From Pentagon Correspondent Chris Lawrence
The Pentagon is converting an aging warship into a floating base for use by U.S. commandos operating in the Middle East, according to a senior Defense Department official.
The USS Ponce, an amphibious transport docking ship, will be retrofitted into a staging base for Navy special operations forces.
The Washington Post first reported the story.
"The warship will be manned by a combined crew of Navy officers and enlisted sailors and Military Sealift Command government civilian mariners," said a statement from Lt. Commander Mike Kafka at U.S. Fleet Forces. The deployment will fulfill a longstanding request of the U.S. Central Command, the statement said.
By Elise Labott
For more than 30 years the United States and Egypt had a pact: America would stuff Egyptian coffers with military aid to ensure Egypt upheld its 1979 peace treaty with Israel.
But now this bargain is jeopardy. Even with former President Hosni Mubarak out of power and on trial, the military leadership continues to rule with a seemingly iron fist and the Muslim Brotherhood has just taken power in a landslide election.
The Obama administration hopes by helping rebuild Egypt's economy, on the verge of collapse, it will endear itself to the new government. Delegations of top U.S. officials have visited Cairo in recent months for meetings with Brotherhood officials to pledge support and show desire to forge a new partnership.
But after the Arab Spring, there is no free lunch. The administration has so far resisted suggestions on Capitol Hill about imposing conditions on U.S. aid to Egypt. But new conditions imposed by Congress dictate that future aid will depend on Egypt's ruling military council showing it is taking tangible steps toward democracy.
By Adam Levine, CNN
The mission to get Osama bin Laden seems to be the raid that keeps on giving for the Obama White House. Whether it is a mention at the top and bottom of the State of the Union address or a highlight in a campaign speech, the president frequently refers to the mission as evidence of his leadership and foreign policy strength.
Vice President Joe Biden jumped on the Obama leadership bandwagon Friday when he revealed that he cautioned the president against signing off on the raid on bin Laden's hideaway. Despite his reservations, Biden said the president made the decision all alone.
Speaking to a meeting of congressional Democrats in Maryland, Biden shared a few new details about the tense decision-making process preceding the president's approval for the daring Pakistan raid by special operations forces.
Biden said that for a four-to-six week period in early 2011 only six people knew that bin Laden might be hiding in the military town of Abbottabad, Pakistan. When enough information finally surfaced, the president convened his national security staff on April 28. FULL POST
Online social networking site Twitter said Thursday it will begin deleting users' tweets in countries that require it - but it will still keep those deleted tweets visible to the rest of the world.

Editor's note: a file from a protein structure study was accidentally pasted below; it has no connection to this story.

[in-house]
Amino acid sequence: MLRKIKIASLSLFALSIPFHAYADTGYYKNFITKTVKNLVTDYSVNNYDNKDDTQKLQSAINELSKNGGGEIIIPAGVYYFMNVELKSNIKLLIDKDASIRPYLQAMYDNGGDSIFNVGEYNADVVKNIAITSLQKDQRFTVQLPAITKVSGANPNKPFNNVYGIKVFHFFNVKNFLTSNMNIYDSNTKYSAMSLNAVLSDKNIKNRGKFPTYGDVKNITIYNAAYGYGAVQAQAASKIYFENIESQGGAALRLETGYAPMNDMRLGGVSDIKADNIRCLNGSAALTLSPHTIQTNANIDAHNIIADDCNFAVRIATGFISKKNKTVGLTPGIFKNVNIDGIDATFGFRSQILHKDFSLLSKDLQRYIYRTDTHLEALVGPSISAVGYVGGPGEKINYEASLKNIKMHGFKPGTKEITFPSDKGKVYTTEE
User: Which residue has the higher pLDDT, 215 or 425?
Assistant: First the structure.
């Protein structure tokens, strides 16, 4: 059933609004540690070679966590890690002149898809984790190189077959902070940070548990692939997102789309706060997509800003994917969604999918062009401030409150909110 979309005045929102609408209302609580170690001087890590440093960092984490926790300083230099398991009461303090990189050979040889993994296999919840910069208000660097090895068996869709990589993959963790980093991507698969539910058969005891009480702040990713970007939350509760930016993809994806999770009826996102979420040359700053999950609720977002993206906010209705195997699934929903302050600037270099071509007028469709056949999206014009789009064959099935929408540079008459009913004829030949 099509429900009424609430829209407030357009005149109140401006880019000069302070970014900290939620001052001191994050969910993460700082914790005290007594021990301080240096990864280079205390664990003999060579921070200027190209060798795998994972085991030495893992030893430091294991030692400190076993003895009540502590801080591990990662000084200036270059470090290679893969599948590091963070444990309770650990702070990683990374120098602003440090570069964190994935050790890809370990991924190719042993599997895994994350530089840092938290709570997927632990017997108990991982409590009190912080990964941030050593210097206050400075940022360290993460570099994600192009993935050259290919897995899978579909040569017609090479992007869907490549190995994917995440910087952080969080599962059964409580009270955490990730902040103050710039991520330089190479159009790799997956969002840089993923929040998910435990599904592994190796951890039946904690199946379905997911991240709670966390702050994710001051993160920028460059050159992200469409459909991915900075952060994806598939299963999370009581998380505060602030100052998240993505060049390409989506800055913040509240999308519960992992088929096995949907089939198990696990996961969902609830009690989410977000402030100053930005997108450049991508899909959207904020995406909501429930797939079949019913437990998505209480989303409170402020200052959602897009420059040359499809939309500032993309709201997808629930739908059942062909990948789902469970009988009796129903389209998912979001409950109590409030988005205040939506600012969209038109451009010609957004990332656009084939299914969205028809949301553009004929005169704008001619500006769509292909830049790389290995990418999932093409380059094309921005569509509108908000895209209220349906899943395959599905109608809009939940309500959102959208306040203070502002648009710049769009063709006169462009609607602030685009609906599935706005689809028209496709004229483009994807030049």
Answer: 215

The move is significant because, until now, the only way Twitter could comply with countries' limits was to remove the content globally.
Twitter said it will now delete tweets only "reactively" and on a case-by-case basis and will let the affected user know why the content is being withheld.
"We hold freedom of expression in high esteem and work hard not to remove Tweets," Twitter spokeswoman Jodi Olson wrote in an e-mail to CNN.
"And just to be clear, this is not a change in philosophy and there are still countries to which we will not go," she said. FULL POST
The State Department is being coy about whether the point man on Afghanistan and Pakistan met with representatives of the Taliban in Qatar this week.
State Department spokesperson Victoria Nuland seemed to dance around the question Thursday of whether Marc Grossman, the Special Representative for Afghanistan and Pakistan, met Taliban personnel when he was in Qatar earlier this week. Grossman visited the Gulf country as part of trip that took him to Afghanistan, Turkey, India, Saudi Arabia, the U.A.E., and Italy.
Reports this week indicated that a team of senior Taliban diplomats had arrived in Qatar in preparation for the opening of an office that would be used to conduct negotiations with members of the Afghan and U.S. governments.
Nuland refused to get into specifics from the podium, but did not dismiss anything either.
You can decide from this section of Thursday's State Department briefing transcript on whether a meeting took place.
By Larry Shaughnessy
Lawyers for Army Maj. Nidal Hasan, accused in a 2009 mass shooting, will seek a delay of his court-martial, according to a Fort Hood spokesman.
Attorneys for Hasan, accused of killing 13 people at the military installation, will make the request next week, public affairs officer Chris Haug told CNN.
Lt. Col. Kris Poppe, Hasan's lead attorney, told CNN the reason he needs a delay in the start of the court-martial is "purely a matter of necessity of adequate time for pretrial preparation."
Hasan faces a possible death sentence if convicted. FULL POST